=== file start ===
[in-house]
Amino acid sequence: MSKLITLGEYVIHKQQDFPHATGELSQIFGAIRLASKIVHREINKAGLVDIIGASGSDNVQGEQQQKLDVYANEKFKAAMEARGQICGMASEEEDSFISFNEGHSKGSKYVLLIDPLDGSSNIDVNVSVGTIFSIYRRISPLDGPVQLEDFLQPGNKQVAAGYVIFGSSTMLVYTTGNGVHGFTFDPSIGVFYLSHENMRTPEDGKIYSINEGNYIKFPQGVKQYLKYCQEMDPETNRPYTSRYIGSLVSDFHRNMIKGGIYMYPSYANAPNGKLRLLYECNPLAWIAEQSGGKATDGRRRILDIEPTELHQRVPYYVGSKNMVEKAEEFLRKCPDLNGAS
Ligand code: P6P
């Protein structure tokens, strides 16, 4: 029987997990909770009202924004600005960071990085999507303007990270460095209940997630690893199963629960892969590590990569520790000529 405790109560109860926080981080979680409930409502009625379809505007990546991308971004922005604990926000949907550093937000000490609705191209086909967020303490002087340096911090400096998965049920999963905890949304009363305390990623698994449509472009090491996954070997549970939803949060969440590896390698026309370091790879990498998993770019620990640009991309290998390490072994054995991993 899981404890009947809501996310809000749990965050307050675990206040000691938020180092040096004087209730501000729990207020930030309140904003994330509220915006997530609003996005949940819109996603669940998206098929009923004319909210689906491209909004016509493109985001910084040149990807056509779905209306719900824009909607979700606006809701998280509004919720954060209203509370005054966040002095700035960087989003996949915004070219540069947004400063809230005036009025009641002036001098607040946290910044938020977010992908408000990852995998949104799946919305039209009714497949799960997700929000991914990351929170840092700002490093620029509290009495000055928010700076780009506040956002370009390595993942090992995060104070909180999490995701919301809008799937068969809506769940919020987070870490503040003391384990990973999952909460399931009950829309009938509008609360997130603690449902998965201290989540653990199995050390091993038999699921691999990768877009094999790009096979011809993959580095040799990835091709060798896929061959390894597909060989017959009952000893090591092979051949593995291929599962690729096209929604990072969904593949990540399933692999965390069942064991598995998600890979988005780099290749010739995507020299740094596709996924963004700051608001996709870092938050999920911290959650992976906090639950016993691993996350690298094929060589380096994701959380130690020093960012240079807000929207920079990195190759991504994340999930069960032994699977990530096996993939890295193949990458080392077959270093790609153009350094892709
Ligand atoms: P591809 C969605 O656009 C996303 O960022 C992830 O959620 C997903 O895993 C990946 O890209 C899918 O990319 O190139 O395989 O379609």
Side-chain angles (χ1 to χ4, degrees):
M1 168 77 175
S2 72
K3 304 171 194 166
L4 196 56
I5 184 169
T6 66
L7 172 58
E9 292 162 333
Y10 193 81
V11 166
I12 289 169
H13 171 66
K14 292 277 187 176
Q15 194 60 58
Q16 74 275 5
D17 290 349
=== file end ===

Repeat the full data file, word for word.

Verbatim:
[in-house]
Amino acid sequence: MSKLITLGEYVIHKQQDFPHATGELSQIFGAIRLASKIVHREINKAGLVDIIGASGSDNVQGEQQQKLDVYANEKFKAAMEARGQICGMASEEEDSFISFNEGHSKGSKYVLLIDPLDGSSNIDVNVSVGTIFSIYRRISPLDGPVQLEDFLQPGNKQVAAGYVIFGSSTMLVYTTGNGVHGFTFDPSIGVFYLSHENMRTPEDGKIYSINEGNYIKFPQGVKQYLKYCQEMDPETNRPYTSRYIGSLVSDFHRNMIKGGIYMYPSYANAPNGKLRLLYECNPLAWIAEQSGGKATDGRRRILDIEPTELHQRVPYYVGSKNMVEKAEEFLRKCPDLNGAS
Ligand code: P6P
């Protein structure tokens, strides 16, 4: 029987997990909770009202924004600005960071990085999507303007990270460095209940997630690893199963629960892969590590990569520790000529 405790109560109860926080981080979680409930409502009625379809505007990546991308971004922005604990926000949907550093937000000490609705191209086909967020303490002087340096911090400096998965049920999963905890949304009363305390990623698994449509472009090491996954070997549970939803949060969440590896390698026309370091790879990498998993770019620990640009991309290998390490072994054995991993 899981404890009947809501996310809000749990965050307050675990206040000691938020180092040096004087209730501000729990207020930030309140904003994330509220915006997530609003996005949940819109996603669940998206098929009923004319909210689906491209909004016509493109985001910084040149990807056509779905209306719900824009909607979700606006809701998280509004919720954060209203509370005054966040002095700035960087989003996949915004070219540069947004400063809230005036009025009641002036001098607040946290910044938020977010992908408000990852995998949104799946919305039209009714497949799960997700929000991914990351929170840092700002490093620029509290009495000055928010700076780009506040956002370009390595993942090992995060104070909180999490995701919301809008799937068969809506769940919020987070870490503040003391384990990973999952909460399931009950829309009938509008609360997130603690449902998965201290989540653990199995050390091993038999699921691999990768877009094999790009096979011809993959580095040799990835091709060798896929061959390894597909060989017959009952000893090591092979051949593995291929599962690729096209929604990072969904593949990540399933692999965390069942064991598995998600890979988005780099290749010739995507020299740094596709996924963004700051608001996709870092938050999920911290959650992976906090639950016993691993996350690298094929060589380096994701959380130690020093960012240079807000929207920079990195190759991504994340999930069960032994699977990530096996993939890295193949990458080392077959270093790609153009350094892709
Ligand atoms: P591809 C969605 O656009 C996303 O960022 C992830 O959620 C997903 O895993 C990946 O890209 C899918 O990319 O190139 O395989 O379609």
Side-chain angles (χ1 to χ4, degrees):
M1 168 77 175
S2 72
K3 304 171 194 166
L4 196 56
I5 184 169
T6 66
L7 172 58
E9 292 162 333
Y10 193 81
V11 166
I12 289 169
H13 171 66
K14 292 277 187 176
Q15 194 60 58
Q16 74 275 5
D17 290 349